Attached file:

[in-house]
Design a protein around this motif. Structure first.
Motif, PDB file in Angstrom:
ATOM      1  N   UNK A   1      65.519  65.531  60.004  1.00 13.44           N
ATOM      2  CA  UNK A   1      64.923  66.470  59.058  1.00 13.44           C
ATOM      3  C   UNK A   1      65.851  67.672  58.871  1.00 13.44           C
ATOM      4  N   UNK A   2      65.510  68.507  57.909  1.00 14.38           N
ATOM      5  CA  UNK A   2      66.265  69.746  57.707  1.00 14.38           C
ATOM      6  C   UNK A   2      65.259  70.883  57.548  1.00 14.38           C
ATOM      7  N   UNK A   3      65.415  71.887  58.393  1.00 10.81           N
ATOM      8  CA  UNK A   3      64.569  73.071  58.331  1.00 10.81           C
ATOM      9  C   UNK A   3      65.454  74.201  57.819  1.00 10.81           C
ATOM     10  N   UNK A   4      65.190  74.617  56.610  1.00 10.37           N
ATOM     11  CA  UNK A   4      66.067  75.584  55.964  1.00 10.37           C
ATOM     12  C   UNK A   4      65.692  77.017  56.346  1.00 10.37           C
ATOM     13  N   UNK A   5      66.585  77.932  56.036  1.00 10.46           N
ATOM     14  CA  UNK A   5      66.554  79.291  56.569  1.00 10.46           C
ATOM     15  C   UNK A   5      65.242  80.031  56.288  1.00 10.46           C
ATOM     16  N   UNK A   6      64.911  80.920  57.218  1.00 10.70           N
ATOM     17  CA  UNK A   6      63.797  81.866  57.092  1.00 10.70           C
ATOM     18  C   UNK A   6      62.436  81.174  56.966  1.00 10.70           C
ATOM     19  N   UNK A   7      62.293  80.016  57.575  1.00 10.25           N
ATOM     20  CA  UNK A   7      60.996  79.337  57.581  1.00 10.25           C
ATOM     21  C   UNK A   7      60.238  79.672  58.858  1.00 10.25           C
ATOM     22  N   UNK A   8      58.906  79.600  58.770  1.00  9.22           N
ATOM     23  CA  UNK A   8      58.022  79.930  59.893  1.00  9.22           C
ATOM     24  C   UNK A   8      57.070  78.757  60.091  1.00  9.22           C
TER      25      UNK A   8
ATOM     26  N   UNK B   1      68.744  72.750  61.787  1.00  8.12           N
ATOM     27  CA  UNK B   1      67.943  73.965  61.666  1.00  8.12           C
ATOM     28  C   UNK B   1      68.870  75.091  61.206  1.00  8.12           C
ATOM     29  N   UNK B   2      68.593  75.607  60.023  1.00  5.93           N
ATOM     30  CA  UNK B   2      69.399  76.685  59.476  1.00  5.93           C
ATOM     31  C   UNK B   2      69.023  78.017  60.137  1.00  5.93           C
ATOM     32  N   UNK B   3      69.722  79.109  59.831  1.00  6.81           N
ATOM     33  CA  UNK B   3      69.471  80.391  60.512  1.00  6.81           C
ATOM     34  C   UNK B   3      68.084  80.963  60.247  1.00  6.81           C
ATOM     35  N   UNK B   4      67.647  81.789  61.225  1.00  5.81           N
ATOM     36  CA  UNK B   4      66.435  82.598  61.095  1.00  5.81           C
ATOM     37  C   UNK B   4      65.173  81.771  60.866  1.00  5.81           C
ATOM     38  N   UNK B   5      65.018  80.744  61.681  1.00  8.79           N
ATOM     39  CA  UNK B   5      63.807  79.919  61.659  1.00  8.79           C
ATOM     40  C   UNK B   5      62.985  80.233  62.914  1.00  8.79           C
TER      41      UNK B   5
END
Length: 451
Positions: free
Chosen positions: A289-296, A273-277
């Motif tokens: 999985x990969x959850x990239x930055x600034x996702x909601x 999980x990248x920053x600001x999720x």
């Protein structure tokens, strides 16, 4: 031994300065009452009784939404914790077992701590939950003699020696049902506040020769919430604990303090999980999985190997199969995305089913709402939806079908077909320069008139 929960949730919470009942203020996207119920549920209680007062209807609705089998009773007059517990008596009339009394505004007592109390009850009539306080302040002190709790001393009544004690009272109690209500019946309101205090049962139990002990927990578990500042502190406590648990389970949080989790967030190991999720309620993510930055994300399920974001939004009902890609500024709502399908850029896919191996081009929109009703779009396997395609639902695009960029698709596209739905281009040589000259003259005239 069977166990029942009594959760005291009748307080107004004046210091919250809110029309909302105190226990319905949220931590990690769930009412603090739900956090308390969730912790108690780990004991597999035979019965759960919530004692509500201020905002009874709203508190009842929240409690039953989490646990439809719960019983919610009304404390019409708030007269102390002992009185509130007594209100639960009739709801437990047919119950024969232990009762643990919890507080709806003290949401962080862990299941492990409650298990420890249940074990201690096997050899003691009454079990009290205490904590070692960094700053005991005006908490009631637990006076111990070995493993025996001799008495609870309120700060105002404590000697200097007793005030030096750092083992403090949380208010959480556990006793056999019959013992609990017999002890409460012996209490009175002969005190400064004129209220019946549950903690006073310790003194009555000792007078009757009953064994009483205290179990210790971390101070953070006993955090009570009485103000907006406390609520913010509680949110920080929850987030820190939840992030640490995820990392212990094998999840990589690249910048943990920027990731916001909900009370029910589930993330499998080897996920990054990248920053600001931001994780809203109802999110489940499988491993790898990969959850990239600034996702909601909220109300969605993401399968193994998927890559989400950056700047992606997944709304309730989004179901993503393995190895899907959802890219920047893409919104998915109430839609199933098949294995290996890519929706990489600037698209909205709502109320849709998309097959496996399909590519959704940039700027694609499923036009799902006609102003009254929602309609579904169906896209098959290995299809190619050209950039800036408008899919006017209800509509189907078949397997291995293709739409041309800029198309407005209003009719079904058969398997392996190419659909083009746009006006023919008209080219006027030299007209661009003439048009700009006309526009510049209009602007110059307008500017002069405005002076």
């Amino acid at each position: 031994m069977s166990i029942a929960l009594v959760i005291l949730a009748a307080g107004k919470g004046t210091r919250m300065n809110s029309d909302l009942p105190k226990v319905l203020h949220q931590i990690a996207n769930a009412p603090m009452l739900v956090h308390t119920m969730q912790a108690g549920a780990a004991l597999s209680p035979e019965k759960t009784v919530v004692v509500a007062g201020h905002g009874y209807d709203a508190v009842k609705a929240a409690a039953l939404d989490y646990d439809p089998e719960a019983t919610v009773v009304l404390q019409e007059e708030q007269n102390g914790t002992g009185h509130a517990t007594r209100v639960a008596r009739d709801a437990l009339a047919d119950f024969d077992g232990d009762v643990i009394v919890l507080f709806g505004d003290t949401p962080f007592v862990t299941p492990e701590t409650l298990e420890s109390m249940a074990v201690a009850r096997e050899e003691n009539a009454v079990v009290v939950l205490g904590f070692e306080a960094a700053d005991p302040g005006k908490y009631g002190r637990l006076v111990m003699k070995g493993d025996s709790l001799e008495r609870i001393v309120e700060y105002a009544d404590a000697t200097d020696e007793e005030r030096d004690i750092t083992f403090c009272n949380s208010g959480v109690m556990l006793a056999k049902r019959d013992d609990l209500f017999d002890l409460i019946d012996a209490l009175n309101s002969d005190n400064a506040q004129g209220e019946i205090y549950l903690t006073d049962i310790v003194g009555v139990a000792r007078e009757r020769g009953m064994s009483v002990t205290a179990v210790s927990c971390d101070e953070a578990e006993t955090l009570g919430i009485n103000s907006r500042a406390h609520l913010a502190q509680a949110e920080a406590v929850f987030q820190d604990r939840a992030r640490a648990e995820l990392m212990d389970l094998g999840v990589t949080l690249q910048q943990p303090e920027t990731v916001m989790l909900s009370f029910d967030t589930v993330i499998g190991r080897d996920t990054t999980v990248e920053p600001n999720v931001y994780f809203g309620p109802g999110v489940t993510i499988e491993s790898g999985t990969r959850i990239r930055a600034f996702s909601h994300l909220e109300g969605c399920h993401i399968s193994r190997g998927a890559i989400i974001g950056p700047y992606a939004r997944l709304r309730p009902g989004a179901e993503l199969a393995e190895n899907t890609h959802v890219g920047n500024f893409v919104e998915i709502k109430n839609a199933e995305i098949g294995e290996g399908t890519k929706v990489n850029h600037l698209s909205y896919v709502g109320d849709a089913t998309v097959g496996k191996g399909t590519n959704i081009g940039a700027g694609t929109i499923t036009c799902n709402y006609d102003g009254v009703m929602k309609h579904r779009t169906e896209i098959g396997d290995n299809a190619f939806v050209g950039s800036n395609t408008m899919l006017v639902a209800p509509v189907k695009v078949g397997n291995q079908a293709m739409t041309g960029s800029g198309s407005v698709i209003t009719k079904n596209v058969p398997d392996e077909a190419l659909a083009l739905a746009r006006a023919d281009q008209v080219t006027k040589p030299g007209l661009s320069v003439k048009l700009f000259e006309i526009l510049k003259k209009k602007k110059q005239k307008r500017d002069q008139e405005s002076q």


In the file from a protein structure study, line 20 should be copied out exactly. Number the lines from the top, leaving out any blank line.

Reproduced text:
ATOM     17  CA  UNK A   6      63.797  81.866  57.092  1.00 10.70           C